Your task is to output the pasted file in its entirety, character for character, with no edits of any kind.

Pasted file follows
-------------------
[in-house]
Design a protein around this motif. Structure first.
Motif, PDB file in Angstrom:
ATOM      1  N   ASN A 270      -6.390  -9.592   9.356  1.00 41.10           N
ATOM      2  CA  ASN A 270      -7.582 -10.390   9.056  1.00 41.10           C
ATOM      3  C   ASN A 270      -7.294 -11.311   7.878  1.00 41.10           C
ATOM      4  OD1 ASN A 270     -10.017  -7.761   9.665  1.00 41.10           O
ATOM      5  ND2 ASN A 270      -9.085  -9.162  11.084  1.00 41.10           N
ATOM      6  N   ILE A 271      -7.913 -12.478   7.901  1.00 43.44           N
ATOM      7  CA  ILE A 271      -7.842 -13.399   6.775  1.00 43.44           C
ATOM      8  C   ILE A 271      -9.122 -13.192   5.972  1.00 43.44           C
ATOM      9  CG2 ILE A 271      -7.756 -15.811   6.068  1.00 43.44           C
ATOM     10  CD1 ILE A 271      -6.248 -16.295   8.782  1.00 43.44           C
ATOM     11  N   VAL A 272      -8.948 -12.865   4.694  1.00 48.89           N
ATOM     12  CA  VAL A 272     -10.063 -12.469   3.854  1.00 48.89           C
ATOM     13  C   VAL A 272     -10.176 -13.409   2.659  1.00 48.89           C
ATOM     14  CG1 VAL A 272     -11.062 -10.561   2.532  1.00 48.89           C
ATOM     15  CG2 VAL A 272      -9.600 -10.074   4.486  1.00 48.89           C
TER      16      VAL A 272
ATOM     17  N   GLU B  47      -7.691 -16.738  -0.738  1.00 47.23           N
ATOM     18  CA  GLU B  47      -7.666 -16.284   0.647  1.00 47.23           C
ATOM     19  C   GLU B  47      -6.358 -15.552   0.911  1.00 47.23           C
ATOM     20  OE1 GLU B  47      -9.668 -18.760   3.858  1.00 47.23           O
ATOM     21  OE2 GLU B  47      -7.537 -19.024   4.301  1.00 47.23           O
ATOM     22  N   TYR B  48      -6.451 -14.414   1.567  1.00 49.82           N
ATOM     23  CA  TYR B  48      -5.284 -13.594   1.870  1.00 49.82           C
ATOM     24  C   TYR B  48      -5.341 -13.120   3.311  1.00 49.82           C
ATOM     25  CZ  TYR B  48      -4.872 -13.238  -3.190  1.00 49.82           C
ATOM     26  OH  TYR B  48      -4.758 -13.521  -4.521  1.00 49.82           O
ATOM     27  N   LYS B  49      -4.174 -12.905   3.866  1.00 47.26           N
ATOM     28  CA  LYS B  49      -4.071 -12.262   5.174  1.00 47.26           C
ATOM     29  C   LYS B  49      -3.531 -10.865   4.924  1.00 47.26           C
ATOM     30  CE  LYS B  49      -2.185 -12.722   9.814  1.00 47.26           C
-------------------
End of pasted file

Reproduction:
[in-house]
Design a protein around this motif. Structure first.
Motif, PDB file in Angstrom:
ATOM      1  N   ASN A 270      -6.390  -9.592   9.356  1.00 41.10           N
ATOM      2  CA  ASN A 270      -7.582 -10.390   9.056  1.00 41.10           C
ATOM      3  C   ASN A 270      -7.294 -11.311   7.878  1.00 41.10           C
ATOM      4  OD1 ASN A 270     -10.017  -7.761   9.665  1.00 41.10           O
ATOM      5  ND2 ASN A 270      -9.085  -9.162  11.084  1.00 41.10           N
ATOM      6  N   ILE A 271      -7.913 -12.478   7.901  1.00 43.44           N
ATOM      7  CA  ILE A 271      -7.842 -13.399   6.775  1.00 43.44           C
ATOM      8  C   ILE A 271      -9.122 -13.192   5.972  1.00 43.44           C
ATOM      9  CG2 ILE A 271      -7.756 -15.811   6.068  1.00 43.44           C
ATOM     10  CD1 ILE A 271      -6.248 -16.295   8.782  1.00 43.44           C
ATOM     11  N   VAL A 272      -8.948 -12.865   4.694  1.00 48.89           N
ATOM     12  CA  VAL A 272     -10.063 -12.469   3.854  1.00 48.89           C
ATOM     13  C   VAL A 272     -10.176 -13.409   2.659  1.00 48.89           C
ATOM     14  CG1 VAL A 272     -11.062 -10.561   2.532  1.00 48.89           C
ATOM     15  CG2 VAL A 272      -9.600 -10.074   4.486  1.00 48.89           C
TER      16      VAL A 272
ATOM     17  N   GLU B  47      -7.691 -16.738  -0.738  1.00 47.23           N
ATOM     18  CA  GLU B  47      -7.666 -16.284   0.647  1.00 47.23           C
ATOM     19  C   GLU B  47      -6.358 -15.552   0.911  1.00 47.23           C
ATOM     20  OE1 GLU B  47      -9.668 -18.760   3.858  1.00 47.23           O
ATOM     21  OE2 GLU B  47      -7.537 -19.024   4.301  1.00 47.23           O
ATOM     22  N   TYR B  48      -6.451 -14.414   1.567  1.00 49.82           N
ATOM     23  CA  TYR B  48      -5.284 -13.594   1.870  1.00 49.82           C
ATOM     24  C   TYR B  48      -5.341 -13.120   3.311  1.00 49.82           C
ATOM     25  CZ  TYR B  48      -4.872 -13.238  -3.190  1.00 49.82           C
ATOM     26  OH  TYR B  48      -4.758 -13.521  -4.521  1.00 49.82           O
ATOM     27  N   LYS B  49      -4.174 -12.905   3.866  1.00 47.26           N
ATOM     28  CA  LYS B  49      -4.071 -12.262   5.174  1.00 47.26           C
ATOM     29  C   LYS B  49      -3.531 -10.865   4.924  1.00 47.26           C
ATOM     30  CE  LYS B  49      -2.185 -12.722   9.814  1.00 47.26           C